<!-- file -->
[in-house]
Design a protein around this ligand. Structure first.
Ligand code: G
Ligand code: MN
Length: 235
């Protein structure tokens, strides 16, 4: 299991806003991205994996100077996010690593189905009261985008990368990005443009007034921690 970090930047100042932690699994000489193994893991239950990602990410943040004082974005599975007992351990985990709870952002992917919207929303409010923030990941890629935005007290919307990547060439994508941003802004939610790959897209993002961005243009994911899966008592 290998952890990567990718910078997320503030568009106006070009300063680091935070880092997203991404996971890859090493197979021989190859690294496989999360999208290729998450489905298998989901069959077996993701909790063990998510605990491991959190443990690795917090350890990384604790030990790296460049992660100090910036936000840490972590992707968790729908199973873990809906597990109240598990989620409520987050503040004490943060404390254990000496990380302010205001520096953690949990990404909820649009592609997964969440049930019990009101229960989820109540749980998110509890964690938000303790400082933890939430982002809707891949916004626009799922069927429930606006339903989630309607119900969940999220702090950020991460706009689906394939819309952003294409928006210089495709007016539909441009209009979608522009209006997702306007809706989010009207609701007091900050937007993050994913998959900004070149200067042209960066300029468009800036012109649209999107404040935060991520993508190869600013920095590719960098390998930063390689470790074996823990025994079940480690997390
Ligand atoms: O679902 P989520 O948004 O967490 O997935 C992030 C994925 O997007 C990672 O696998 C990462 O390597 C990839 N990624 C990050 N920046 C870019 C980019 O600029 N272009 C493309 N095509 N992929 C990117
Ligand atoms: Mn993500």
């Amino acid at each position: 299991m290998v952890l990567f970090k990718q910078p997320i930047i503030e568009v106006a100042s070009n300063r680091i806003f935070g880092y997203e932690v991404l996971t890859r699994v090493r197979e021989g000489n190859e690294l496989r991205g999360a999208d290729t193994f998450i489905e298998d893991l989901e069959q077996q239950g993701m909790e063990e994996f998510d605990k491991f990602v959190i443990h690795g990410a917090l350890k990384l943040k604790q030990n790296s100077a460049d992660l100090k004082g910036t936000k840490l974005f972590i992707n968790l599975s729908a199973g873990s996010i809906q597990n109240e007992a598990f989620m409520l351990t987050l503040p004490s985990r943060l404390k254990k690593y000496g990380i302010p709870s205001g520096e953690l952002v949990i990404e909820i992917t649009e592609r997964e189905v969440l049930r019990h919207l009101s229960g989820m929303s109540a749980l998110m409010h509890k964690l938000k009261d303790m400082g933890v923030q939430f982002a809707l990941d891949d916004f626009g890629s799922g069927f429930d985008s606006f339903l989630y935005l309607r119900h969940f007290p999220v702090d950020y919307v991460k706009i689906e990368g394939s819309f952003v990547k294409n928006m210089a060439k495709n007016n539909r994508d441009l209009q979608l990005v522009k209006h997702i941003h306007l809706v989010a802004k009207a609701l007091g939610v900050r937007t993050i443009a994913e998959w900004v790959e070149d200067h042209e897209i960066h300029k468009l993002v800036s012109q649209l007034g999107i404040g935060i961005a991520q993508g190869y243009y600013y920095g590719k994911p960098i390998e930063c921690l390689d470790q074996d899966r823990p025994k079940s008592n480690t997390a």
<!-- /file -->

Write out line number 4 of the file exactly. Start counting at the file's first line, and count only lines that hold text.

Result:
Ligand code: MN